PAX Mega-Update, and a video.
To celebrate that I’ve got enough tie lines working to phone from one side of the living room to the other, via the asterisk server at the Dean Forest Railway. I made a video of me dialling 30-0-50-91-491.
The red phone (GPO 706) is on my AT&E 50/7A PAX.
Dialing 30 takes you out through an outgoing tie line and onto the junction selector, 0 takes you back into the 50/7A on an incoming tie line, 50 takes you out through another tieline and into my asterisk server. 91 are the access digits which take you in to the asterisk server at the Dean Forest Railway, 491 then takes you back into my asterisk server, which then dials “39″ on your behalf which takes you out *another* tie line into my 10/2A PAX and then it finally dials a 5 to ring the black phone (also a 706)
Two 1950s strowger PAXes, a home-brew junction selector, two asterisk servers and a load of internet later – and I’ve phoned from one side of my front room to the other.
This is what happens when you throw your TV out and find something else to do with your evenings.
As promised, here’s a list of everything I’ve done to my phone exchanges since I last wrote anything about them about 8 months ago.
My asterisk server blew up its HD controller, so I’ve completely rebuilt it, this time using a Neoware CA10 thin client (my power consumption has dropped from 60W to about 14W – win!) and a cheap and cheerful Chinaroby TDM400P which unlike most TDM400 clones can power the FXS ports without an external molex connector – which is handy because the CA10 doesn’t have any molex connectors inside!
In the process of doing this, I updated my build notes for the easiest way to go from bare metal -> debian -> asterisk/dahdi installed and working from packages in the repos (so you automatically get security updates!), with some basic OS hardening in the mix as well. It doesn’t take much doing, is so much easier than building from source, and is more secure in the long term. At some point I’ll finish the rant I’ve got brewing about why doing it any other way is madness!
I’ve also done a lot of work on the dialplan, built a prototype of a “Dial-a-Disc” macro although I’m not happy with it as it’s only got the long form of the announcement. I’m working on a better replica.
I’ve done loads on the big exchange!
- Back in March I had problems with FS4 not clearing down properly so I busied it out. Until I found that entry in the exchane diary I’d forgotten about that fault. I must fix it!
- I ripped out the screw terminal DP I had in the bottom of the pax, and replaced it with a krone box. OK, I know it’s not “heritage” but it is much more practical.
- Terminated all 50 line circuits on the krone strips
- Fitted a small panel of 6xRJ45 sockets, these are also terminated on the krone blocks, and are jumpered so that each RJ45 carries 4 extensions. 21-24, 25-28, 41-44, 45-48, 61-64, 65-68. This way I can run cat-5 around the house and use adaptors to break it out to phone sockets. The whole PAX is then self contained and not wired into my house. Which will make moving it easier in the future.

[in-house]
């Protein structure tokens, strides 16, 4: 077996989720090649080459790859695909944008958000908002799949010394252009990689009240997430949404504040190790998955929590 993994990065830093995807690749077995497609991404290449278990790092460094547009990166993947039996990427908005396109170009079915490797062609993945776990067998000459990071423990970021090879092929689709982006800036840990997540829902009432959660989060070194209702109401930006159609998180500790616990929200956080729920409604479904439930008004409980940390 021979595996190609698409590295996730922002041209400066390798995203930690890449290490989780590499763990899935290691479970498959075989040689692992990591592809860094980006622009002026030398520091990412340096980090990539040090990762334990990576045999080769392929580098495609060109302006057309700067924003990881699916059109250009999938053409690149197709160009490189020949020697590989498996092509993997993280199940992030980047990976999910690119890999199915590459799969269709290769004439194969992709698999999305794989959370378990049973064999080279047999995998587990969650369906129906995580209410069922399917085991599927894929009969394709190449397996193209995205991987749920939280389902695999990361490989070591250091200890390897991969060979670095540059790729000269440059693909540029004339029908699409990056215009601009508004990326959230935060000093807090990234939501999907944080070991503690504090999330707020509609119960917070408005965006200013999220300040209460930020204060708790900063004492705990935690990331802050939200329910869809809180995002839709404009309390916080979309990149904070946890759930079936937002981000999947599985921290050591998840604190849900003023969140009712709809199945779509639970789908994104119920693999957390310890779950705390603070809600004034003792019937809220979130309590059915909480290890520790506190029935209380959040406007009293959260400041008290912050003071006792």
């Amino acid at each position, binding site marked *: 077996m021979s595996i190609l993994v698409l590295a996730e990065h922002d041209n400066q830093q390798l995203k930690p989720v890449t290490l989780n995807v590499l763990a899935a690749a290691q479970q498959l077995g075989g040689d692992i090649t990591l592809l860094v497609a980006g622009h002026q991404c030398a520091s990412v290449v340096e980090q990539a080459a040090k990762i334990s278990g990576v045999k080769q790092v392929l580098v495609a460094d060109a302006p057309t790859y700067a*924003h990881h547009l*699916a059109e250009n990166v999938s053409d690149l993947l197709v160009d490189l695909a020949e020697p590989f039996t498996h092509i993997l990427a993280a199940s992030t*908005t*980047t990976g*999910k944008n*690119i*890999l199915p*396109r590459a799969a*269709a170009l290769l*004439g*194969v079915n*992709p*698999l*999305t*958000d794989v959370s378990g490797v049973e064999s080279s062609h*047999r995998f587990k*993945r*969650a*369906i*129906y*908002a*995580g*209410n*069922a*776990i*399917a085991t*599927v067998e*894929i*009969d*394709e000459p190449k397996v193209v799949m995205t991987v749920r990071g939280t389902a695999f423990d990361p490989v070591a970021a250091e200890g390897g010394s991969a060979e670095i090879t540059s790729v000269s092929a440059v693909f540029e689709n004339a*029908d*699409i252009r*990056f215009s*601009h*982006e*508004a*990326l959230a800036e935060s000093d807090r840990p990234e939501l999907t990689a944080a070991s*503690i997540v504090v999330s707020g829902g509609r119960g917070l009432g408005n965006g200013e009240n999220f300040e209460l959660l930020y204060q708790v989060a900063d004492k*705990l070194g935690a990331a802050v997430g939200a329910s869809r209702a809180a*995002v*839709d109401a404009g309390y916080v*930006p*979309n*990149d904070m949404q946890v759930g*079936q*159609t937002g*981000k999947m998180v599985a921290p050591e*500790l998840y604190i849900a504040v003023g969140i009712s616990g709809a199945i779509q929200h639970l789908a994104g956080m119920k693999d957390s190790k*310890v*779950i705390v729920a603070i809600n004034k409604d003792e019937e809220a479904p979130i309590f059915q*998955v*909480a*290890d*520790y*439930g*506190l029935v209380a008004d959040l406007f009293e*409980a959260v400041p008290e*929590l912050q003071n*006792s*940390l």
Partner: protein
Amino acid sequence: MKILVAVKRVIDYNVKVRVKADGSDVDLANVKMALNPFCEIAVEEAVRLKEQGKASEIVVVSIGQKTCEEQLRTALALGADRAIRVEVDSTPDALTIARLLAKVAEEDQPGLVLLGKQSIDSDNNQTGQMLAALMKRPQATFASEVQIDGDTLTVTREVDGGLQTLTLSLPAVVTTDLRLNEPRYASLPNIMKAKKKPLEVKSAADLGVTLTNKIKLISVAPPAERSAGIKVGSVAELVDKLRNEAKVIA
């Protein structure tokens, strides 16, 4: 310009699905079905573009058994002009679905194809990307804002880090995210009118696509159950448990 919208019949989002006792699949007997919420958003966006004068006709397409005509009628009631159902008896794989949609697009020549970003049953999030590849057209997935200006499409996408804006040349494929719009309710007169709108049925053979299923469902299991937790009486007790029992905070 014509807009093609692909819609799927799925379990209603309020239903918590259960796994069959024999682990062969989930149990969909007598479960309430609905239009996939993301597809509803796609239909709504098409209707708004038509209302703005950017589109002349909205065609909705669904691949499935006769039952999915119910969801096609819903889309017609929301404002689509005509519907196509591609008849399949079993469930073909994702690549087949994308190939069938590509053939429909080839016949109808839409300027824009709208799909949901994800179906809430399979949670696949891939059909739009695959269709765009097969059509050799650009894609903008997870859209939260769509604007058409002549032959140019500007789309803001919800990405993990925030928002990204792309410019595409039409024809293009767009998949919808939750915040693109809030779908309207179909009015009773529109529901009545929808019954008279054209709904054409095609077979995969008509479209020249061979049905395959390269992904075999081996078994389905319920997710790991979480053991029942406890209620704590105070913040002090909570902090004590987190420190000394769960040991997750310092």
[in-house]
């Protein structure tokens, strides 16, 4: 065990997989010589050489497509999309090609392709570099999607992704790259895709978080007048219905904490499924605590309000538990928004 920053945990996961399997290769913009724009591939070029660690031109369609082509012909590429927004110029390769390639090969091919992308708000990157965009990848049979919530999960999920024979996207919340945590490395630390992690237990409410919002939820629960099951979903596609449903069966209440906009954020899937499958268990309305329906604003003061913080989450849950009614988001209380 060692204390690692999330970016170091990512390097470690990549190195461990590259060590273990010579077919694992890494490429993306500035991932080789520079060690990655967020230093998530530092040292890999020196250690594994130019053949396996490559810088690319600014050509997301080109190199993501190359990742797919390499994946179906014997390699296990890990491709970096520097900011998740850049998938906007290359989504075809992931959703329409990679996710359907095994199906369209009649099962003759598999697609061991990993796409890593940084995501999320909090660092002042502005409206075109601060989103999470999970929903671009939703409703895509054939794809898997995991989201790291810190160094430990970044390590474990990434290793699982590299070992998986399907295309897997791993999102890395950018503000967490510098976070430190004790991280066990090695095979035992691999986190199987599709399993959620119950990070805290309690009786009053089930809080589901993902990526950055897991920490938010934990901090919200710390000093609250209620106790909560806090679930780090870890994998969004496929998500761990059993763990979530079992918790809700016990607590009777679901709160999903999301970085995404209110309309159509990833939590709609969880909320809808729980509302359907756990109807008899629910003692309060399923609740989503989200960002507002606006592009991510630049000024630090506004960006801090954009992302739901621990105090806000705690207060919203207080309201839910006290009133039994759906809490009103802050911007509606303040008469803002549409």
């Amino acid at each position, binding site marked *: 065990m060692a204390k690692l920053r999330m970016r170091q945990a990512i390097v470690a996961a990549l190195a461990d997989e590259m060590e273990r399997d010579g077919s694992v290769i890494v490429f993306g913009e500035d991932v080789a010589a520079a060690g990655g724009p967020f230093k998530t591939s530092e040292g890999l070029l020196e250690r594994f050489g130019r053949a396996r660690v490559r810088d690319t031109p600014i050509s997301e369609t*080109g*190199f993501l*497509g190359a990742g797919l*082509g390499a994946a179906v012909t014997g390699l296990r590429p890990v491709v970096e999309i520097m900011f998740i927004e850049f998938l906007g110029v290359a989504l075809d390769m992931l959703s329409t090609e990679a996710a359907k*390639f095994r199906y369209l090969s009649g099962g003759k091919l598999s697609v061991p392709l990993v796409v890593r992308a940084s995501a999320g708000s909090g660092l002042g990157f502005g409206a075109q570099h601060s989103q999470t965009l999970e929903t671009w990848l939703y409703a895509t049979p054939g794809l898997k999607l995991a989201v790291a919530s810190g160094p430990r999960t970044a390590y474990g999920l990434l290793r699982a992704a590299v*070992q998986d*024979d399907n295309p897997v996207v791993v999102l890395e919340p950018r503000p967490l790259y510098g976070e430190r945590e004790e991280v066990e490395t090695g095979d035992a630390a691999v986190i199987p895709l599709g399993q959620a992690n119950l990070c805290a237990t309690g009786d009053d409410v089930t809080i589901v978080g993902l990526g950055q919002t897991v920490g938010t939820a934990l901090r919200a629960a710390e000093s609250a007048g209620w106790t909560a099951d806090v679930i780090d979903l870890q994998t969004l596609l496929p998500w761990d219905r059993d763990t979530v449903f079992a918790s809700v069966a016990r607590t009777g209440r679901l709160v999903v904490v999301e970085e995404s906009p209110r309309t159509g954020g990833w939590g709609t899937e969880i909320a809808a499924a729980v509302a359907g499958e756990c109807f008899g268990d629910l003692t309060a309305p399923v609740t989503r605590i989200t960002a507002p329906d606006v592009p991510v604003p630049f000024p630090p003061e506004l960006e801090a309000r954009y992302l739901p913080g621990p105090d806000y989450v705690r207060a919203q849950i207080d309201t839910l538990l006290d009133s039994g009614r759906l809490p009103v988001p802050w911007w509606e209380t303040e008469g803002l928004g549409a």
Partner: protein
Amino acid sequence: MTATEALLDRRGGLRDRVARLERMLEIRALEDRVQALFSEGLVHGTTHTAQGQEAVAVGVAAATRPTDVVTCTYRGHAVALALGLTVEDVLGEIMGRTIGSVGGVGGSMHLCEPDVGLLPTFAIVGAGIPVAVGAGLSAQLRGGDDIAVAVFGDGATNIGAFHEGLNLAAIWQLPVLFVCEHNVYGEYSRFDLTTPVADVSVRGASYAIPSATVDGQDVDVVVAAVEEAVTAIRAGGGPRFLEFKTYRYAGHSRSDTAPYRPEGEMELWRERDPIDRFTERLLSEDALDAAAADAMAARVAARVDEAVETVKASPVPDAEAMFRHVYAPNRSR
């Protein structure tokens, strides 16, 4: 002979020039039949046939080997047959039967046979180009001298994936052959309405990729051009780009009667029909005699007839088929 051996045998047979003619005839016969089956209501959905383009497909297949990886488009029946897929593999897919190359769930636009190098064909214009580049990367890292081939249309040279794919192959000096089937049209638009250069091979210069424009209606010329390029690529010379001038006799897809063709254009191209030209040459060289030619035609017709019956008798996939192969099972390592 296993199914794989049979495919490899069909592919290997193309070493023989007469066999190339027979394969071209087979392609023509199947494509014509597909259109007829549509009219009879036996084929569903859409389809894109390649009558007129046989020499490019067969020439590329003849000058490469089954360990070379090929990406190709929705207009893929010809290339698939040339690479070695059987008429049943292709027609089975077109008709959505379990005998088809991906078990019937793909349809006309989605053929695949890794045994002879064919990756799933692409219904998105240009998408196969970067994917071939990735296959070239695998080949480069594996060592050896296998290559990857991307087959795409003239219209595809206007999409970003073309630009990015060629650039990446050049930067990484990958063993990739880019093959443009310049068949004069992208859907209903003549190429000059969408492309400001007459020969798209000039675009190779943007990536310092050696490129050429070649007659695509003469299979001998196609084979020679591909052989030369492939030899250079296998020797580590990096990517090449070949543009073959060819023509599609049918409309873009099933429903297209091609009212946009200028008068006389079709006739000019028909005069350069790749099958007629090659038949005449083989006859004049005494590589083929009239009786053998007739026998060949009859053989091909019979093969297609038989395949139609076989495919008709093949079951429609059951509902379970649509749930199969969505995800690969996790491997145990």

- The Asterisk junctions also terminated on the krone block, and are jumpered in to 51 (from the asterisk FXS) and 50 (to the asterisk FXO)
- I wired my homebrew junction selector back in. Again this is terminated on the krone strips, and is jumpered to 30 (to the junction selector) with outlet 0 jumpered to 31.
- Exchange phone is now jumpered to 68 rather than 35 as it used to be. This is brought out on a BT socket in the bottom of the PAX.
- I’ve been right through all the odd strapping arrangements I found on my PAX back in 2011, I’ve worked out what all of them do apart from two lines – and have reversed all the strapping back to stock.
- The two lines which are strapped strangely seem to go off to the FA tags, which are associated with the external fire alarm equipment (which I don’t have) and the FA relays in the selectors (which I also don’t have) – I’ve sunk a lot of time into failing to work out what’s going on there. I’ll sink a lot more time before I give up and revert the strapping!
- Cleaned and adjusted the RV and BV contacts, so the tones are a bit nicer now.
I’ve also been giving the small exchange some TLC
- Sorted out the earthing, so if the PSU goes faulty it’s not going to kill the cat.
- Modified Extension 0 for tie line working. This involved an awful lot of chatter on the THG mailing list about how I should go about it (all I wanted to know was the dimensions of the standoffs for mounting the rectifiers!) For info, they’re 6BA threaded stud to 2BA tapped hole. The standoff is about 1″ total length, and each threaded portion is 0.25″ long. They look like this (bare standoffs on the left, the ones fitted to my 50/7A – including the rectifiers – on the right):
- I’ve hooked extension 0 up to the 50/7A using the tie line on 39.
- I wired out all the extensions down to a set of RJ45 sockets in a similar manner to the 50/7A
- I’ve fitted the line relays for the extra position 11 on the LF mult, but haven’t wired them as it’s not a comfortable PAX to work on. I need to see if I can get the side off it or something to give me space to see where I’m prodding a soldering iron.
My really dinky 5 extension electronic PABX. I’ve had a good rummage in this and have determined that extension 5 is completely dead, 2,3,4 are OK. Extn 1 gets tones, can dial and will ring if dialled – but there is no speech path. This is either a really easy fix, or a really hard fix. It all depends which component has gone bang and if I can get a replacement. Once my workbench is clear of projects I’ll look at it properly.